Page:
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By Peter Kaye

Whilst Constance Garnett's translations (1910–1920) made Dostoevsky's novels obtainable in England for the 1st time they brought a disruptive and releasing literary strength, and English novelists needed to confront a brand new version and rival. The writers who're the point of interest of this research - Lawrence, Woolf, Bennett, Conrad, Forster, Galsworthy and James - both fashionable or feared Dostoevsky as a monster who may well dissolve all literary and cultural differences. notwithstanding their responses differed vastly, those writers have been unanimous of their lack of ability to acknowledge Dostoevsky as a literary artist. They seen him as an alternative as a psychologist, a mystic, a prophet and, within the circumstances of Lawrence and Conrad, a hated rival who forced inventive reaction. This research constructs a map of English modernist novelists' misreadings of Dostoevsky, and in so doing it illuminates their aesthetic and cultural values and the character of the fashionable English novel.

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Bunin, Andreyev, Gogol, V. V. ¹⁴ Koteliansky also translated a selection of Dostoevsky’s letters, excerpts from his Diary of a Writer, and Stavrogin’s Confession and the Plan of the Life of a Great Sinner (previously unpublished material from The Possessed and Dostoevsky’s notebooks). In  he translated The Grand Inquisitor as an independent work and enlisted Lawrence to write the preface. ¹⁵ Kot sought Lawrence’s collaborative help in his translating activities. Though the emigrant’s knowledge of Russian language and literature was great, he never became completely fluent in English, so he used collaborators, including Lawrence, the Woolfs, Katherine Mansfield, and Middleton Murry, to help smooth the rough edges.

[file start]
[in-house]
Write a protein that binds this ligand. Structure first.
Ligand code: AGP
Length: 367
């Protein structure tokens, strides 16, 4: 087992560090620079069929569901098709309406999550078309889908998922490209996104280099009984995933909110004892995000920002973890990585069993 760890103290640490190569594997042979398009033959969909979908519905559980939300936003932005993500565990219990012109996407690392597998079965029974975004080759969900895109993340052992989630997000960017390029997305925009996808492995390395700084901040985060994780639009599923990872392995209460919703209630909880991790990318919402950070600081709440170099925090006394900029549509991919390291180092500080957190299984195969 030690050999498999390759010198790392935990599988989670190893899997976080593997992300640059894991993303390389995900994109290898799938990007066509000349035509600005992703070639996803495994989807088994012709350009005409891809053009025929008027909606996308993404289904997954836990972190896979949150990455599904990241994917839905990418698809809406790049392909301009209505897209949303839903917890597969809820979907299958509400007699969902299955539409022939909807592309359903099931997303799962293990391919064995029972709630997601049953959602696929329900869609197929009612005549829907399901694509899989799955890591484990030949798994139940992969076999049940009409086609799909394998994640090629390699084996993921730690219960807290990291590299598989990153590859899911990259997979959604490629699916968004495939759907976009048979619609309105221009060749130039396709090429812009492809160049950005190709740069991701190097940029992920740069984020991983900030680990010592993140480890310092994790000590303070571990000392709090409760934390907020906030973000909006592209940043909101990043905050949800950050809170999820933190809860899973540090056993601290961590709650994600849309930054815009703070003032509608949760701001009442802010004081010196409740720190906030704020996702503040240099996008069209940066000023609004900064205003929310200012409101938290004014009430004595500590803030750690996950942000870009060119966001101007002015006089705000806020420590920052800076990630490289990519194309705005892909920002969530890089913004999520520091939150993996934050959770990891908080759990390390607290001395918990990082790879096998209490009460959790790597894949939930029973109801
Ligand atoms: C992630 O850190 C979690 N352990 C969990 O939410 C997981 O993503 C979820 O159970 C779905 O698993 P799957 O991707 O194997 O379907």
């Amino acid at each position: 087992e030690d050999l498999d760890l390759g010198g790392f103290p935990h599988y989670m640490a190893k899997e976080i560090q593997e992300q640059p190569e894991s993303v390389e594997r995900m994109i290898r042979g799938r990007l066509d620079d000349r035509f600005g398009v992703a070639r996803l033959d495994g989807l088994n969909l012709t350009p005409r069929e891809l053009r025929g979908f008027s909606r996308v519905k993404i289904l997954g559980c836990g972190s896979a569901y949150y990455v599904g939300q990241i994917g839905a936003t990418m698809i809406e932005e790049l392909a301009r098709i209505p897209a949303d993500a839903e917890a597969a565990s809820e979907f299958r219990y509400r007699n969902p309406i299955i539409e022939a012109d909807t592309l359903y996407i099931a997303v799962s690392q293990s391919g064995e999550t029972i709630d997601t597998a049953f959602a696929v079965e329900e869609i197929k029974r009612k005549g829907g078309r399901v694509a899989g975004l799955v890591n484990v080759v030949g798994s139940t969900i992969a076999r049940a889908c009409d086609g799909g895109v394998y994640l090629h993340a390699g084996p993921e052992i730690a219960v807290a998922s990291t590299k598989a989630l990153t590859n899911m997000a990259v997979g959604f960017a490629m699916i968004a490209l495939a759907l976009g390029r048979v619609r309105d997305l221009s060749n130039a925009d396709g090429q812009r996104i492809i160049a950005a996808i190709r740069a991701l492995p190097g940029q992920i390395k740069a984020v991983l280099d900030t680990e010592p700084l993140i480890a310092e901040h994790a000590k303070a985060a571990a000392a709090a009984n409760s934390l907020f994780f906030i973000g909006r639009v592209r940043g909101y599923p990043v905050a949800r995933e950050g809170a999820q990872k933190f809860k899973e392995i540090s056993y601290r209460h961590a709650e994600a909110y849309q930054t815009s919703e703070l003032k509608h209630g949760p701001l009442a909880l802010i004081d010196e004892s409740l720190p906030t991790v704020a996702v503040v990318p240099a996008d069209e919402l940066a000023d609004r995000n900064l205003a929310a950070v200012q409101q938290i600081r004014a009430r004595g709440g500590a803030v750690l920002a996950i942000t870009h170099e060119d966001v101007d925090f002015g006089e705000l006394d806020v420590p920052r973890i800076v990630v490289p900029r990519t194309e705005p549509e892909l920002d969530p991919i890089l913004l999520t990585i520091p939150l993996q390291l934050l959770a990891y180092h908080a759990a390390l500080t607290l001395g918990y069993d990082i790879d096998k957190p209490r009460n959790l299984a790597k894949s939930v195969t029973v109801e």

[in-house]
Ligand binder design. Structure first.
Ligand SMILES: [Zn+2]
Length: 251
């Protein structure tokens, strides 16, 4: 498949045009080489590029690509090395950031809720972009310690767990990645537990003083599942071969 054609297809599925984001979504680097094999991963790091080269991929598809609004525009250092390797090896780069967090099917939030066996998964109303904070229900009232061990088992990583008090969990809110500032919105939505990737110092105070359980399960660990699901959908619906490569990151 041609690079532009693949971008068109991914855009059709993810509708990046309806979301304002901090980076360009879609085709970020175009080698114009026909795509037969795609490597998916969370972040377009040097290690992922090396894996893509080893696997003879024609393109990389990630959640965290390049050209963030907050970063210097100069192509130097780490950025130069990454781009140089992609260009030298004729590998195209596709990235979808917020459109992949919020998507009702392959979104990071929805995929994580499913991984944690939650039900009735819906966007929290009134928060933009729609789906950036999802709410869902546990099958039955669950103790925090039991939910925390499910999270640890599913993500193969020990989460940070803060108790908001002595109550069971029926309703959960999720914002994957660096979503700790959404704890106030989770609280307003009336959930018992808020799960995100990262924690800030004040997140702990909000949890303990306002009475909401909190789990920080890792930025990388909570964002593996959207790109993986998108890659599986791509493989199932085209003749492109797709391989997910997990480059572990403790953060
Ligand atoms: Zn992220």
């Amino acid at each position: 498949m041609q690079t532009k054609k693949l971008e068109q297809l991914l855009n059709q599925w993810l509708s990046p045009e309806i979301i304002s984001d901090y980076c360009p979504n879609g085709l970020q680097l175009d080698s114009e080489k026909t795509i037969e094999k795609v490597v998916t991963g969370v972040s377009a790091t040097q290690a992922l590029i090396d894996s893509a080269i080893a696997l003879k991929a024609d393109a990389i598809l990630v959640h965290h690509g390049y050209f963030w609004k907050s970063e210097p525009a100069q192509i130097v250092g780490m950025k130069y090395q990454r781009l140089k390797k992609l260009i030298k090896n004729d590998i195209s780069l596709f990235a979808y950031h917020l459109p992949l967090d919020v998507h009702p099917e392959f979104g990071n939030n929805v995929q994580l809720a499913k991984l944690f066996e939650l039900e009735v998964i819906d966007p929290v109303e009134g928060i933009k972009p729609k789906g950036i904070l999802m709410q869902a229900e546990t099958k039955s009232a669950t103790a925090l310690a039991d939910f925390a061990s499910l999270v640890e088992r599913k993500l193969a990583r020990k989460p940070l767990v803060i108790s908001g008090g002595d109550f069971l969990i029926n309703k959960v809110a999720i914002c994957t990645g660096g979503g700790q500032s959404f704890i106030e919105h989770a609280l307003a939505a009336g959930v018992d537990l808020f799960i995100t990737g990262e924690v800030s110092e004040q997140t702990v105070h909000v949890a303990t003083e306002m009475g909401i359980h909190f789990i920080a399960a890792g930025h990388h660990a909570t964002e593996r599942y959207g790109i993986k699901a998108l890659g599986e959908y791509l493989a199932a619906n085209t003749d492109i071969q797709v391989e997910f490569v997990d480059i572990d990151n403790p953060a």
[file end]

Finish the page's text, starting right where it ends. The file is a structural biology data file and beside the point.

Prophetic rage and rivalry: D. H. Lawrence  A letter to S. S. Koteliansky, dated  December , reinforces Lawrence’s sense of the complete identification between Murry and Dostoevsky. After reading Murry’s introduction to Koteliansky’s translation of excerpts from Dostoevsky’s Diary of a Writer, Lawrence bitterly complained: Both [Dostoevsky and Murry] stink in my nostrils. Dostoevsky is big and putrid, here. Murry is a smaller stinker, emitting the same kind of stink. How is it that these foul-smelling people ooze with such loving words.

All the Dostoevsky characters stand on the same jerrybuilt stage as heroes without meaningful distinction. One might as well put together Pickwick, Uriah Heep, Little Nell, and Fagin and declare their sameness. ⁴³ What might otherwise seem to be unsolicited anger can be understood more readily when placed within the context of Murry’s devotional excess. Lawrence’s railing against Dostoevsky’s destructive mental consciousness and self-absorption is elucidated by Murry’s penchant for hyperconscious characters who define the world in egoistic terms.

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